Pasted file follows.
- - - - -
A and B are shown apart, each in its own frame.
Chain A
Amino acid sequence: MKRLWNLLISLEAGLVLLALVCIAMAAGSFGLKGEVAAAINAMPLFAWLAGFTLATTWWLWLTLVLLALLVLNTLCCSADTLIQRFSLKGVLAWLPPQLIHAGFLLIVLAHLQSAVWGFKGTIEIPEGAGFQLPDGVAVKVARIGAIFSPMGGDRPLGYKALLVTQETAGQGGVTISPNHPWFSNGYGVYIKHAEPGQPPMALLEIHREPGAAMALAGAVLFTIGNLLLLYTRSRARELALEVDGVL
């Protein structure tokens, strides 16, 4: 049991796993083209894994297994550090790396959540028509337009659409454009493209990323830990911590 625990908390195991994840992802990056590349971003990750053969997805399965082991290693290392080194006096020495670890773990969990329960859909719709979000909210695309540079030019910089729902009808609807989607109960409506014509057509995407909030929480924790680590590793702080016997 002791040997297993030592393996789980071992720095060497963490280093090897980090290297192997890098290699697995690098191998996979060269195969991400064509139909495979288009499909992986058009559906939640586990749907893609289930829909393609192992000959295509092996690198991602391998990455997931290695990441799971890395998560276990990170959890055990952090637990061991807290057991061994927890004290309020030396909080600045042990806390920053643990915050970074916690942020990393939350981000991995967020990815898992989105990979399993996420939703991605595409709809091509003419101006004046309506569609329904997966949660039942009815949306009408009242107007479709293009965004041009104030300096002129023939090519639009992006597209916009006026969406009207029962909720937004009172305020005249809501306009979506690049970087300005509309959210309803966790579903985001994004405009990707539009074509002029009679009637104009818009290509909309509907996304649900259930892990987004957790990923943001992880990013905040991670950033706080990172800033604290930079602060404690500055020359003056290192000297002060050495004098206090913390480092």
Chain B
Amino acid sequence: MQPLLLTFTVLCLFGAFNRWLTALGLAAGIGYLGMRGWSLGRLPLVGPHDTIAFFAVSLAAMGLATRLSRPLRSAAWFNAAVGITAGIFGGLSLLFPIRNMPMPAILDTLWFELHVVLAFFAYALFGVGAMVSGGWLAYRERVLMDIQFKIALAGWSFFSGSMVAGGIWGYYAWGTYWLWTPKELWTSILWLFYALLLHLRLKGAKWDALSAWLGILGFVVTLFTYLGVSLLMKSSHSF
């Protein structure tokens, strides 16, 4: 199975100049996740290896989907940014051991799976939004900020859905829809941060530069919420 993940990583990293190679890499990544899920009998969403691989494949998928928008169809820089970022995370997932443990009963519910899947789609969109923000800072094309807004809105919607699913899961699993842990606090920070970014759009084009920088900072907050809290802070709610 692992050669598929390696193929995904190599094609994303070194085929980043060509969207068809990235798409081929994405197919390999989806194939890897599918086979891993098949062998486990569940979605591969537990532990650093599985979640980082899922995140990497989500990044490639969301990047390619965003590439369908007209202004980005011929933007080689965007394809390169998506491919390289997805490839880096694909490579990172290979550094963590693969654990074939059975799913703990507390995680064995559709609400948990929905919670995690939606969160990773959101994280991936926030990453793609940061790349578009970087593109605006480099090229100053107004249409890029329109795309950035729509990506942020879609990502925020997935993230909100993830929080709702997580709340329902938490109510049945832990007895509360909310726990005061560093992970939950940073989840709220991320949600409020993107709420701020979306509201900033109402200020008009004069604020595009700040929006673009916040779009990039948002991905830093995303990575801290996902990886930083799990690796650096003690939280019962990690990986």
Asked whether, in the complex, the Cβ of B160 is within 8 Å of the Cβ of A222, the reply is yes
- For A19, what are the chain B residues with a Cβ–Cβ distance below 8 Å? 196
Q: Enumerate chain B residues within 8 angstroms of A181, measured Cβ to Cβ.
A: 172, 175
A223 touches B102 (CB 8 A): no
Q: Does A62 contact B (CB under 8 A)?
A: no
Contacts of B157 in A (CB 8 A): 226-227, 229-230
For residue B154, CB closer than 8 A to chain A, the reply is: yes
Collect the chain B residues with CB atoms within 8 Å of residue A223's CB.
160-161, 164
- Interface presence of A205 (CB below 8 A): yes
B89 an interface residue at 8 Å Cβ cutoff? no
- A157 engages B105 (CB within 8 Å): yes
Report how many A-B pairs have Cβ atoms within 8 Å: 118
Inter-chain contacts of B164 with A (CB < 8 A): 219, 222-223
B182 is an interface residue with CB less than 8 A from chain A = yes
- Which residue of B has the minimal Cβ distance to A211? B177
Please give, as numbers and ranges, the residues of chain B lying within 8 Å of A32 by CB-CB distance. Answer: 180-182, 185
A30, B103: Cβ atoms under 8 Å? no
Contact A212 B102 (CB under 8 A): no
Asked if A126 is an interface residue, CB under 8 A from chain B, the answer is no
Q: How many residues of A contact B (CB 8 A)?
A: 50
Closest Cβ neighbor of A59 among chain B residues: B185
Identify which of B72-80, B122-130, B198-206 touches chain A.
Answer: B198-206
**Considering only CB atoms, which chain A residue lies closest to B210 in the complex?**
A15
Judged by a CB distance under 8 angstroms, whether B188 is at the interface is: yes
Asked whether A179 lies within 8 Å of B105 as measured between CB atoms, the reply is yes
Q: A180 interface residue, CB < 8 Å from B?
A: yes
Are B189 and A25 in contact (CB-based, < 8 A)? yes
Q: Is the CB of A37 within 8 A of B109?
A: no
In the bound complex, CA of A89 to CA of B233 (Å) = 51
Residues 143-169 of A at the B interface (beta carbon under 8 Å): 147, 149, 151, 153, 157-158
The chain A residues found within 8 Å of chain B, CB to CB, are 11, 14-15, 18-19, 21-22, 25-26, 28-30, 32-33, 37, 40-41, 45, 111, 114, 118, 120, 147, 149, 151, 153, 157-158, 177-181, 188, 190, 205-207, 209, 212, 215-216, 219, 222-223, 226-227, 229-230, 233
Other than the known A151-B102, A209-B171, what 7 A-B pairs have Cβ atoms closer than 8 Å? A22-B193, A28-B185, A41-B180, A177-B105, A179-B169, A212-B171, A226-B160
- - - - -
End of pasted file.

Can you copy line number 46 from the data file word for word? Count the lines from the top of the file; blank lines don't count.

The chain A residues found within 8 Å of chain B, CB to CB, are 11, 14-15, 18-19, 21-22, 25-26, 28-30, 32-33, 37, 40-41, 45, 111, 114, 118, 120, 147, 149, 151, 153, 157-158, 177-181, 188, 190, 205-207, 209, 212, 215-216, 219, 222-223, 226-227, 229-230, 233